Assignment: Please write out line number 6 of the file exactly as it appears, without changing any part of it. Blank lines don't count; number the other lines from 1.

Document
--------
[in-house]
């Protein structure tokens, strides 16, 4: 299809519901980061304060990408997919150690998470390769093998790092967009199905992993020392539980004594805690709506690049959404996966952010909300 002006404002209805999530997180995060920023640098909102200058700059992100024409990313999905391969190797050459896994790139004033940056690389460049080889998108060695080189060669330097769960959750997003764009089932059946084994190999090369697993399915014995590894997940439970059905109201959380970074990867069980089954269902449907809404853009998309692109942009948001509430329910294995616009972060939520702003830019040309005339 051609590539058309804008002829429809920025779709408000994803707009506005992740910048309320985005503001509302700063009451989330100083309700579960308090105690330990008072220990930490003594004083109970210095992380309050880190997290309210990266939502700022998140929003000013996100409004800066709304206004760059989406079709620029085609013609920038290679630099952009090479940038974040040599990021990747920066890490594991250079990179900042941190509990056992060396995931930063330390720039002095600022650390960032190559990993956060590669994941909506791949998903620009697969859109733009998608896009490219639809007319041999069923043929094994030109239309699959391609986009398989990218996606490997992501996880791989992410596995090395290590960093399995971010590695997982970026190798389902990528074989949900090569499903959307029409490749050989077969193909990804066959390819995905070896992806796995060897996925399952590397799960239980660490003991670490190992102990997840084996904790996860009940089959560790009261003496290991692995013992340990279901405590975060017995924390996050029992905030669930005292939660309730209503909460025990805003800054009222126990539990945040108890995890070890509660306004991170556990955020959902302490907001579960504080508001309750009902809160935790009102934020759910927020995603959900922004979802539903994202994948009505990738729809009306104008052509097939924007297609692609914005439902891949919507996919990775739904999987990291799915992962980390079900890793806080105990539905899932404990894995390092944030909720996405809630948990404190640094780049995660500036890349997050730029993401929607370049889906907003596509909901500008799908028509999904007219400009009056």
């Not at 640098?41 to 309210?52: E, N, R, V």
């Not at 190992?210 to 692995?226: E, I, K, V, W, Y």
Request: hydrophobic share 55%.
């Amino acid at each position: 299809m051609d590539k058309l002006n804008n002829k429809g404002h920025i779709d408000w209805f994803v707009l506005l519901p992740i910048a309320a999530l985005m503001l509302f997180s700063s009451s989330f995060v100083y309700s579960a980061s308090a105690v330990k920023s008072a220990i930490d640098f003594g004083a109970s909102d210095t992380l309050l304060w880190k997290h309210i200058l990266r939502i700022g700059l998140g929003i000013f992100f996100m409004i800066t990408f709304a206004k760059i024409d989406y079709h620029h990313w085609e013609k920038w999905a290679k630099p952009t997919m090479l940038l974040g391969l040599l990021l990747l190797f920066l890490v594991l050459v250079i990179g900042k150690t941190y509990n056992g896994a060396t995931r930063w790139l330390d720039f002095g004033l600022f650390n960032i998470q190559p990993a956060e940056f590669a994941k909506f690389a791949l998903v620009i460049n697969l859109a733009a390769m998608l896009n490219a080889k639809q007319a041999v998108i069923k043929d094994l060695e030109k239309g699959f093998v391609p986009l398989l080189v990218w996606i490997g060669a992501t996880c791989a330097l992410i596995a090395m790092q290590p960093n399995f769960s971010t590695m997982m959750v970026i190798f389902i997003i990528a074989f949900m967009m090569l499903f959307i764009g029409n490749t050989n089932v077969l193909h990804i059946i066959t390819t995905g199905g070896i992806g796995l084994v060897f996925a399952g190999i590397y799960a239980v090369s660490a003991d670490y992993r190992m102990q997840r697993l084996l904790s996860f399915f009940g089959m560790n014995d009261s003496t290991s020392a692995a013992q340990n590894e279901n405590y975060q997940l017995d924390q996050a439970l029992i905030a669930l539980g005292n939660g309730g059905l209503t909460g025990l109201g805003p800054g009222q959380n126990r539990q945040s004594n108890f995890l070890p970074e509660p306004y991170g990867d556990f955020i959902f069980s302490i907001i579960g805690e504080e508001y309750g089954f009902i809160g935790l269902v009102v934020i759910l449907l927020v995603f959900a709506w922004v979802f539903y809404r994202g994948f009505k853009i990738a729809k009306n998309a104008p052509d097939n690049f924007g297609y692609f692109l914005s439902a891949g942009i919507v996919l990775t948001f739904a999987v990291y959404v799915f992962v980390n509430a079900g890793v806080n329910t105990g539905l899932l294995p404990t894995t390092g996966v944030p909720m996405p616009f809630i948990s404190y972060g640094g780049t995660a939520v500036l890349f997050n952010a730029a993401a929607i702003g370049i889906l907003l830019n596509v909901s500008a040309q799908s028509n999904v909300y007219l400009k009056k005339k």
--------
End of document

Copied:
């Amino acid at each position: 299809m051609d590539k058309l002006n804008n002829k429809g404002h920025i779709d408000w209805f994803v707009l506005l519901p992740i910048a309320a999530l985005m503001l509302f997180s700063s009451s989330f995060v100083y309700s579960a980061s308090a105690v330990k920023s008072a220990i930490d640098f003594g004083a109970s909102d210095t992380l309050l304060w880190k997290h309210i200058l990266r939502i700022g700059l998140g929003i000013f992100f996100m409004i800066t990408f709304a206004k760059i024409d989406y079709h620029h990313w085609e013609k920038w999905a290679k630099p952009t997919m090479l940038l974040g391969l040599l990021l990747l190797f920066l890490v594991l050459v250079i990179g900042k150690t941190y509990n056992g896994a060396t995931r930063w790139l330390d720039f002095g004033l600022f650390n960032i998470q190559p990993a956060e940056f590669a994941k909506f690389a791949l998903v620009i460049n697969l859109a733009a390769m998608l896009n490219a080889k639809q007319a041999v998108i069923k043929d094994l060695e030109k239309g699959f093998v391609p986009l398989l080189v990218w996606i490997g060669a992501t996880c791989a330097l992410i596995a090395m790092q290590p960093n399995f769960s971010t590695m997982m959750v970026i190798f389902i997003i990528a074989f949900m967009m090569l499903f959307i764009g029409n490749t050989n089932v077969l193909h990804i059946i066959t390819t995905g199905g070896i992806g796995l084994v060897f996925a399952g190999i590397y799960a239980v090369s660490a003991d670490y992993r190992m102990q997840r697993l084996l904790s996860f399915f009940g089959m560790n014995d009261s003496t290991s020392a692995a013992q340990n590894e279901n405590y975060q997940l017995d924390q996050a439970l029992i905030a669930l539980g005292n939660g309730g059905l209503t909460g025990l109201g805003p800054g009222q959380n126990r539990q945040s004594n108890f995890l070890p970074e509660p306004y991170g990867d556990f955020i959902f069980s302490i907001i579960g805690e504080e508001y309750g089954f009902i809160g935790l269902v009102v934020i759910l449907l927020v995603f959900a709506w922004v979802f539903y809404r994202g994948f009505k853009i990738a729809k009306n998309a104008p052509d097939n690049f924007g297609y692609f692109l914005s439902a891949g942009i919507v996919l990775t948001f739904a999987v990291y959404v799915f992962v980390n509430a079900g890793v806080n329910t105990g539905l899932l294995p404990t894995t390092g996966v944030p909720m996405p616009f809630i948990s404190y972060g640094g780049t995660a939520v500036l890349f997050n952010a730029a993401a929607i702003g370049i889906l907003l830019n596509v909901s500008a040309q799908s028509n999904v909300y007219l400009k009056k005339k």